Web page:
Nataliya responded to the global call of “how can we help?” by founding WeAreUkraine.Info
. Having fled the war to Denmark now, she runs the English-language resource where people can show solidarity with Ukraine in its efforts to beat Russia.
She mentioned a large part of the comms challenge being convincing people to “call war war” – not a conflict, a crisis or a situation. The horrors of the war are not communicated starkly enough often, she said. And this is important to make sure the rest of the world continues to remember the sadness of Russia’s continuing invasion.
Nataliya noted that the ultimate goal is for the world to continue to lobby so Ukraine is armed better, but for those who can’t exert that pressure directly, she highlighted the importance of communicators to advise their clients to leave Russia and divest from its economy.
Another interesting comms challenge Nataliya raised was potential for Russian manipulation in the global south. To combat Russian propaganda and misinformation in those countries, people like those in the ad industry are required.
Both Olga and Nataliya shared unthinkable personal experiences of waking up to their city being shelled and detailed the heartbreak of having to flee to protect themselves and their families. Olga has ended up with a welcoming family in France while Nataliya has found her way to Denmark.
Tabasco and One Philosophy are also now both dispersed around the world, with some staying in Ukraine to fight and sadly Olga said some of her agency have been lost in the war. She’s busy with new family, which she admitted was a good, positive distraction from the war, but expressed deep hopes for a swift end to Russian aggression, so that Ukraine can build itself back to be even greater than before.
To get there though, truth and awareness must continue to be driven through communications. Organisations like the Ukraine Communications Support Network (UCSN), which is co-chaired by Nataliya Popovych, relies on people who are equipped to spread truth that can support Ukraine and keep it high on the global agenda.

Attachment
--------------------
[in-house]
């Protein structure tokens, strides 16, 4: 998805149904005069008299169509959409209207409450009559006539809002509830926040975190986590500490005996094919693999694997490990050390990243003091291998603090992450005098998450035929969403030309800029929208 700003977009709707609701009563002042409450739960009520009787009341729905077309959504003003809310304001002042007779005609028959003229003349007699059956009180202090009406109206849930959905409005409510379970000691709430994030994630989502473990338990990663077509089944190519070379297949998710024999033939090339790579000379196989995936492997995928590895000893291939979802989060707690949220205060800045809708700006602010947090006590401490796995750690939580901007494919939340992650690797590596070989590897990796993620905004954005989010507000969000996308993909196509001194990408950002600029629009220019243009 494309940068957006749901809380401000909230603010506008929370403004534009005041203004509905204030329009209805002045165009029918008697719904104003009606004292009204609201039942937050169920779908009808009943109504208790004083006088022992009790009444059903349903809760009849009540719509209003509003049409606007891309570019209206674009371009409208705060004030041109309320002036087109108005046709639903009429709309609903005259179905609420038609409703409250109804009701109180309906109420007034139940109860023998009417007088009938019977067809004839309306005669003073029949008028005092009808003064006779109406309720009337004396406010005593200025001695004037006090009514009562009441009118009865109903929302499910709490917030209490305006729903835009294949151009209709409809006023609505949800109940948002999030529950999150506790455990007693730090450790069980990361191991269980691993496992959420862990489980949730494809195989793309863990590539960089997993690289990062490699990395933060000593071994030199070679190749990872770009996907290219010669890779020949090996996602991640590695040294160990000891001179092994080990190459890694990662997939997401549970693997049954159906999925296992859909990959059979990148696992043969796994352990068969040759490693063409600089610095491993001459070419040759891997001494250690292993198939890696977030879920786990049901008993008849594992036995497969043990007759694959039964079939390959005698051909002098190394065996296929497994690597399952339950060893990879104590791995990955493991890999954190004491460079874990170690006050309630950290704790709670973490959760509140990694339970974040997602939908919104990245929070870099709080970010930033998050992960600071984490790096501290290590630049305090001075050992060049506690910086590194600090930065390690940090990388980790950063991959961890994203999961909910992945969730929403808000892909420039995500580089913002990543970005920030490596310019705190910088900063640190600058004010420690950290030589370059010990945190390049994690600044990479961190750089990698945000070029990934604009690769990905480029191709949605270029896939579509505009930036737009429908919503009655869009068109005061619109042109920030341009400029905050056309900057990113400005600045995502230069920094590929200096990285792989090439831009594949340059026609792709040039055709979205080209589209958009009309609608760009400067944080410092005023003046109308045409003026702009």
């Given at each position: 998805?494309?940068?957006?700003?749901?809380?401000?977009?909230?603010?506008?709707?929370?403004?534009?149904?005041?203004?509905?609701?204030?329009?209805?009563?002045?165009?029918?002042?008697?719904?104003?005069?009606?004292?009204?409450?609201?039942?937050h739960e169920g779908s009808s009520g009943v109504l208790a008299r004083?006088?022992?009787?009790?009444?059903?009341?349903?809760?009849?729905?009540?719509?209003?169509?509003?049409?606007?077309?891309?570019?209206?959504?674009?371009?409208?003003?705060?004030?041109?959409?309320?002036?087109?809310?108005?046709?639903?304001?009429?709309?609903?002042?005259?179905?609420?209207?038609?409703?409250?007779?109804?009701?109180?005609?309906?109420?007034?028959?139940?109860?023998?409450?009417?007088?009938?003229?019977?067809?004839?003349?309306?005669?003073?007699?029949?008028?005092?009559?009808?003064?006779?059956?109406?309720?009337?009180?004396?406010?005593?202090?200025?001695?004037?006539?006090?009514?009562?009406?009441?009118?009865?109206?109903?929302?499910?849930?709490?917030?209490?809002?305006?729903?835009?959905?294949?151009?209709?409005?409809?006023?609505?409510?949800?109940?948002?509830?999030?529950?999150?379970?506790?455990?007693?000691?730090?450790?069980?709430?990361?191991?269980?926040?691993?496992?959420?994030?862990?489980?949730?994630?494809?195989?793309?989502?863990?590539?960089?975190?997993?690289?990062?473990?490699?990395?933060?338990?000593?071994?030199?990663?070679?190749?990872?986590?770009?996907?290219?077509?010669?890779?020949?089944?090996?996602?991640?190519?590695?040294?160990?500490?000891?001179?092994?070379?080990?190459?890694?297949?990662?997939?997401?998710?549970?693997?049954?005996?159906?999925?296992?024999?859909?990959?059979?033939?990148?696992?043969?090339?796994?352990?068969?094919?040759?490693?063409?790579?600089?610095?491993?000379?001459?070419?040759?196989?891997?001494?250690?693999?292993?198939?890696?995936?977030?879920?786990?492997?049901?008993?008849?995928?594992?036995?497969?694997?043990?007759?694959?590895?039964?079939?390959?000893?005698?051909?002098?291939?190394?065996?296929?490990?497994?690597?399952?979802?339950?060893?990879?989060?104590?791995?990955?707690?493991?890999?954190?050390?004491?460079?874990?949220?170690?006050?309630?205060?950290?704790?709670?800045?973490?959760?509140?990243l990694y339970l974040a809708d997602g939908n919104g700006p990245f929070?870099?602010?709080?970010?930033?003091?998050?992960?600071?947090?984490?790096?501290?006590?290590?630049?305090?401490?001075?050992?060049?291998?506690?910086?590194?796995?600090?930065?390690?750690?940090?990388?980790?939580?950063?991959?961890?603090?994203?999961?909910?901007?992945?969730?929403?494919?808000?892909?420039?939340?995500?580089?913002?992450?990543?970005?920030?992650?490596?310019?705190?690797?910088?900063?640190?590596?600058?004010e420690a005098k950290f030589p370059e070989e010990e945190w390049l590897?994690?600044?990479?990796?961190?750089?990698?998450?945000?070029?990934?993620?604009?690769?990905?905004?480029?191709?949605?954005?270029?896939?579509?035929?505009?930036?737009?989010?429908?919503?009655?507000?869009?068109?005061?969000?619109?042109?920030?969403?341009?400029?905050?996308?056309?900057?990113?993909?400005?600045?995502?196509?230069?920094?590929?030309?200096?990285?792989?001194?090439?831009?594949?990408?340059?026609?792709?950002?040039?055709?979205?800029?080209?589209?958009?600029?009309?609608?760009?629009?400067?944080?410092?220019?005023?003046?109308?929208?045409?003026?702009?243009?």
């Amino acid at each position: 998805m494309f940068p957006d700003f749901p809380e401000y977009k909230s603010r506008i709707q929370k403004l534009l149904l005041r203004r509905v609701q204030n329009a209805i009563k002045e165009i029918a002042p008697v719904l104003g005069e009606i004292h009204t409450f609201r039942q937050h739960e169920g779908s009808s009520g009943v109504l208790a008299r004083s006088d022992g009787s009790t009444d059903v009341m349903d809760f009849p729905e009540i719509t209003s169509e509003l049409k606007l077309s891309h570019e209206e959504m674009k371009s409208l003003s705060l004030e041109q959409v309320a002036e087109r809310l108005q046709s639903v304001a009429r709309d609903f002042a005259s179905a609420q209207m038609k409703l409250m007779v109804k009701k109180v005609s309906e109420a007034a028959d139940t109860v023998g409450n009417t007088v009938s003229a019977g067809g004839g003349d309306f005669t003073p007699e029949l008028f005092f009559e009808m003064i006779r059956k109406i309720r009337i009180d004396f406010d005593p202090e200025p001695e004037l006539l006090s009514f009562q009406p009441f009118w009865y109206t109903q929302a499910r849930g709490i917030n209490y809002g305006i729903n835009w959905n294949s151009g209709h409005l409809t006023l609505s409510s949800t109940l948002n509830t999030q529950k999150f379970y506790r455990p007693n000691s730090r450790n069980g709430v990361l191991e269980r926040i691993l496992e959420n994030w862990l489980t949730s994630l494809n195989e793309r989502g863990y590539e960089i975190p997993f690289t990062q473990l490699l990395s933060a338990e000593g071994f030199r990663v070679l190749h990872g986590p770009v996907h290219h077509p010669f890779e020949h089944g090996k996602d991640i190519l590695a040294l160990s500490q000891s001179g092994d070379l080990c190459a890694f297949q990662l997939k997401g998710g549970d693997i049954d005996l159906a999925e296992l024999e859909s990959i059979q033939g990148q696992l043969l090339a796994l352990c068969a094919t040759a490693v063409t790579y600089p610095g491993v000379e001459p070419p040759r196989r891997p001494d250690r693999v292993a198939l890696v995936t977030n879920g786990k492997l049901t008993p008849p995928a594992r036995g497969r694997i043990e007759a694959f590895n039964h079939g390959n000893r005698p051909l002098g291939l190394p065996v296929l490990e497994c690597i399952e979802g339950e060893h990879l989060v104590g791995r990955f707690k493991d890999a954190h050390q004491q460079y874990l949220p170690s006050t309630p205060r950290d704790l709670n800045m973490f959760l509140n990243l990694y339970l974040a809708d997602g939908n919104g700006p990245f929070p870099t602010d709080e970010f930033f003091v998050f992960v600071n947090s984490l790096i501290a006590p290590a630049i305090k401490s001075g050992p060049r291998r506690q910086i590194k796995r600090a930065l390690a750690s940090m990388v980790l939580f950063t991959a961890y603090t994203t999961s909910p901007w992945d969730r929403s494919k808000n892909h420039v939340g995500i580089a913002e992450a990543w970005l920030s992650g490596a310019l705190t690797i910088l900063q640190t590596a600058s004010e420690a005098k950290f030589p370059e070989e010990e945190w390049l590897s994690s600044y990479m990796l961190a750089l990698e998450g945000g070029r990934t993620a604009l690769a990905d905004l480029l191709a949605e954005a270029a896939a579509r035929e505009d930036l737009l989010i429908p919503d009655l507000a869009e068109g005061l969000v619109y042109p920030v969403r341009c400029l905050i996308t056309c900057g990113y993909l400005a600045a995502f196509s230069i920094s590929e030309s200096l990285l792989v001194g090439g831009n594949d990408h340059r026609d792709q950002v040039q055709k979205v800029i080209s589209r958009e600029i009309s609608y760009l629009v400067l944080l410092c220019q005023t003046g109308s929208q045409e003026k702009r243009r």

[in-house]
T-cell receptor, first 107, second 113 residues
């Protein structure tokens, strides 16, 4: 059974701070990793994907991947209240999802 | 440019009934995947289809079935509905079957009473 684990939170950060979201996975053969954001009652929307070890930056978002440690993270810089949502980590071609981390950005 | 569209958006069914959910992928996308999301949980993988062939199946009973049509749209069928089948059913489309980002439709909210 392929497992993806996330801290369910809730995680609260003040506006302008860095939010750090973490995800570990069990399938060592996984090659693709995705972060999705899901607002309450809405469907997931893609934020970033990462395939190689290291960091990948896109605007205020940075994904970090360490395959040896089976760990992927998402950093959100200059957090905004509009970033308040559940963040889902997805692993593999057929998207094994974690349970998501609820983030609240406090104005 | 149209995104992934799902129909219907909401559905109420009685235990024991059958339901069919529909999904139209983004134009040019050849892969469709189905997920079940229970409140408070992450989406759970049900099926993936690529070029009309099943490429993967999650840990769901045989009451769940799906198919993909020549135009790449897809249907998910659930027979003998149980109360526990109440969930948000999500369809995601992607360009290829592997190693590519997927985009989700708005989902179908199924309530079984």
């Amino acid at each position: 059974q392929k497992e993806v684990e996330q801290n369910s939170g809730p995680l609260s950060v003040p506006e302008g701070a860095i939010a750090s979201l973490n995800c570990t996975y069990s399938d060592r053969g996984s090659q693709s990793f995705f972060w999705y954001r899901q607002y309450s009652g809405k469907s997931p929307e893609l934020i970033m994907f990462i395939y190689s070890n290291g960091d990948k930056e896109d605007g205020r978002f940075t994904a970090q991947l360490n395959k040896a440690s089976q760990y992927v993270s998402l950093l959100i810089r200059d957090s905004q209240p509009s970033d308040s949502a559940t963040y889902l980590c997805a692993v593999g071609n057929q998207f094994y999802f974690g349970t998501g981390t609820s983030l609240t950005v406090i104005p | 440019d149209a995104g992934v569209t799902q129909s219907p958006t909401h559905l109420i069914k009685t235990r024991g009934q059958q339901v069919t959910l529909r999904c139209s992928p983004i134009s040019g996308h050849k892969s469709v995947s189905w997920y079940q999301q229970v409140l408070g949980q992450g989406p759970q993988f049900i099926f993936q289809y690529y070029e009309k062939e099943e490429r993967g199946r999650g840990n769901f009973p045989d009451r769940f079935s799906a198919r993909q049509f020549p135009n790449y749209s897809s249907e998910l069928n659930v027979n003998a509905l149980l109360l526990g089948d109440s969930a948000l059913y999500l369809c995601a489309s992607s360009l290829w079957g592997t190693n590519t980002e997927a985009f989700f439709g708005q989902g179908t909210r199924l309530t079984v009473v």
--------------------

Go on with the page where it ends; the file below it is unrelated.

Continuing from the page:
Ending the day, LBB’s own EMEA editor Alex Reeves chaired a panel with some of the allstars of the independent agency community, discussing culture again. Adam Ferrier of Thinkerbell, Josh Rosenberg of Day One Agency and Eva Santos of Delirio & Twain were there, representing examples of agencies whose culture has delivered success. They were joined by Lindsey Slaby of Sunday Dinner, who has been called ‘the CMO whisperer’ by some, to offer a perspective of what brands look for in an agency like one of these.
The discussion took in the core values of these agencies, as well as how these values guide their work and how indies can compete in an awards-led landscape. Meanwhile Lindsey offered insight into how clients often view the same subjects.
Some key lessons were that it’s crucial to be inspired and informed about the best work that’s being done elsewhere, that knowing a client’s priorities and preferences is crucial for understanding whether an agency’s culture will fit and remembering that growth is about saying no at the right times, rather than being swept along with the flow of corporate interest.